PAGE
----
Linked by Thom Holwerda on Wed 5th Jan 2011 22:09 UTC
Windows And this is part two of the story: Microsoft has just confirmed the next version of Windows NT (referring to it as NT for clarity's sake) will be available for ARM - or more specifically, SoCs from NVIDIA, Qualcomm, and Texas Instruments. Also announced today at CES is Microsoft Office for ARM. Both Windows NT and Microsoft Office were shown running on ARM during a press conference for the fact at CES in Las Vegas.
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No downside for Microsoft.
by Ravyne on Thu 6th Jan 2011 01:13 UTC
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I've been claiming that ARM is the biggest competitive threat that x86/x64 has ever seen pretty much since ARM's A8 core, when it was clear to me that they were eying ever higher performance. Intel confirmed the threat with Atom, and now Microsoft has endoresed ARM's march into the x86 stronghold.

We've already seen niche thintop and netbooks based on ARM, servers are announced and nVidia says their high-end ARM design will find its way into fuller-featured laptops and even the desktop. Exactly as I was predicting around the time Atom was announced.

Windows 8 "for SOCs" as they are saying, is actually a pretty interesting product, and supporting a limited number of SOCs means that the number of hardware permutations is much lower, and a known quantity. They can also throw away tons of cruft -- no BIOS, no AGP, PCI or ISA -- but more importantly, no need to support every device ever conceived and built.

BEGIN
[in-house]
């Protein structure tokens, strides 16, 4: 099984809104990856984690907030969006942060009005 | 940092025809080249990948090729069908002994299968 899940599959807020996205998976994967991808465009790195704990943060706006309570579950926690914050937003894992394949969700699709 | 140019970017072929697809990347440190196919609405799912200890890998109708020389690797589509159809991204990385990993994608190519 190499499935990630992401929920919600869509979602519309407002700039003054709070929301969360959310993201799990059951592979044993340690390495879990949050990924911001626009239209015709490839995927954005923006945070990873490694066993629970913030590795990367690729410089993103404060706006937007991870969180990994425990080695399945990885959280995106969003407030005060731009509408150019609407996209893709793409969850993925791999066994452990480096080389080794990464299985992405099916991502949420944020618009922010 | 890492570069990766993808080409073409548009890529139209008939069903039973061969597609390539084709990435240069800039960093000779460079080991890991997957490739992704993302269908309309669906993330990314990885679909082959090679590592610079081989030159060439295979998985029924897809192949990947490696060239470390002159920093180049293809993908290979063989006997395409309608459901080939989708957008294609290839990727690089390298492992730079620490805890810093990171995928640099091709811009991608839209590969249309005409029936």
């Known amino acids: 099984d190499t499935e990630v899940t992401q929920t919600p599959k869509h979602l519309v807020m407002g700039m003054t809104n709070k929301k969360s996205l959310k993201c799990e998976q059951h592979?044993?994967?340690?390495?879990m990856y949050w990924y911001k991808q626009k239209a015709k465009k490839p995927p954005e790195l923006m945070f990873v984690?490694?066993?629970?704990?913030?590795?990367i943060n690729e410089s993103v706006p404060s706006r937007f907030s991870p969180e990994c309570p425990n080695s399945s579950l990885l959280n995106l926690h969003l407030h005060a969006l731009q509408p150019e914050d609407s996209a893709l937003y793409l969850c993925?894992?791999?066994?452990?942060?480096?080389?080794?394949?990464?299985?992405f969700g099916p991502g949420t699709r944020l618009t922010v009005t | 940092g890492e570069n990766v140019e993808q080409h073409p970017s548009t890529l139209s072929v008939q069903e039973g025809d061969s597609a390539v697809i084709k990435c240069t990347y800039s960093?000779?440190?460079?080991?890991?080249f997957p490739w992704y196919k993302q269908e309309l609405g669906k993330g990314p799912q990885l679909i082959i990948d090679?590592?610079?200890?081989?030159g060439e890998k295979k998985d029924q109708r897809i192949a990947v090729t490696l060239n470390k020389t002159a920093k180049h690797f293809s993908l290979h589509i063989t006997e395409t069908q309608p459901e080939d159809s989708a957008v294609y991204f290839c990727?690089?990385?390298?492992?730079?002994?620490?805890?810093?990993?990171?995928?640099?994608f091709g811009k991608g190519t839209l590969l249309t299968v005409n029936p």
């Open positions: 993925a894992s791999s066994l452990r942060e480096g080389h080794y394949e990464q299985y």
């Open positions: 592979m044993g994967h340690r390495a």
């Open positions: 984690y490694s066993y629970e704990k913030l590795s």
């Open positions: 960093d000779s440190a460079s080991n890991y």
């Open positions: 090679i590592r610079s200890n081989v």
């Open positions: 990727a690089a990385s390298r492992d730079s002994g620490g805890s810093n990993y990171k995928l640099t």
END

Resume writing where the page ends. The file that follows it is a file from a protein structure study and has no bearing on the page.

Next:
On the software side, port Windows itself, Microsoft's First-party stuff, .Net, and get some primary ISVs involved and most people will be happy -- particularly users of iPad-like tablets or i-ified netbooks, who's usage/input model essentially demands new apps anyhow -- people who live on the net and enjoy a few focused, snack-size apps.

Even if Windows 8 on ARM SOCs fails to oust the PC from its traditional space, Microsoft still wins because they'll have succeeded in migrating mobile devices off of a Windows CE-based OS and onto an NT-based OS. One code-base to move forward, mostly-overlapping APIs -- CE will hang on for awhile longer, ultimately, but be relegated to industrial-type uses, probably even morphing into an RTOS. Windows NT will be the only consumer / business -facing OS.

On the other hand, if it succeeds, Microsoft gains an exit strategy if x86 ever tops out, or programming models change so drastically anyhow that it no longer makes sense to be tied down to the legacy processor.

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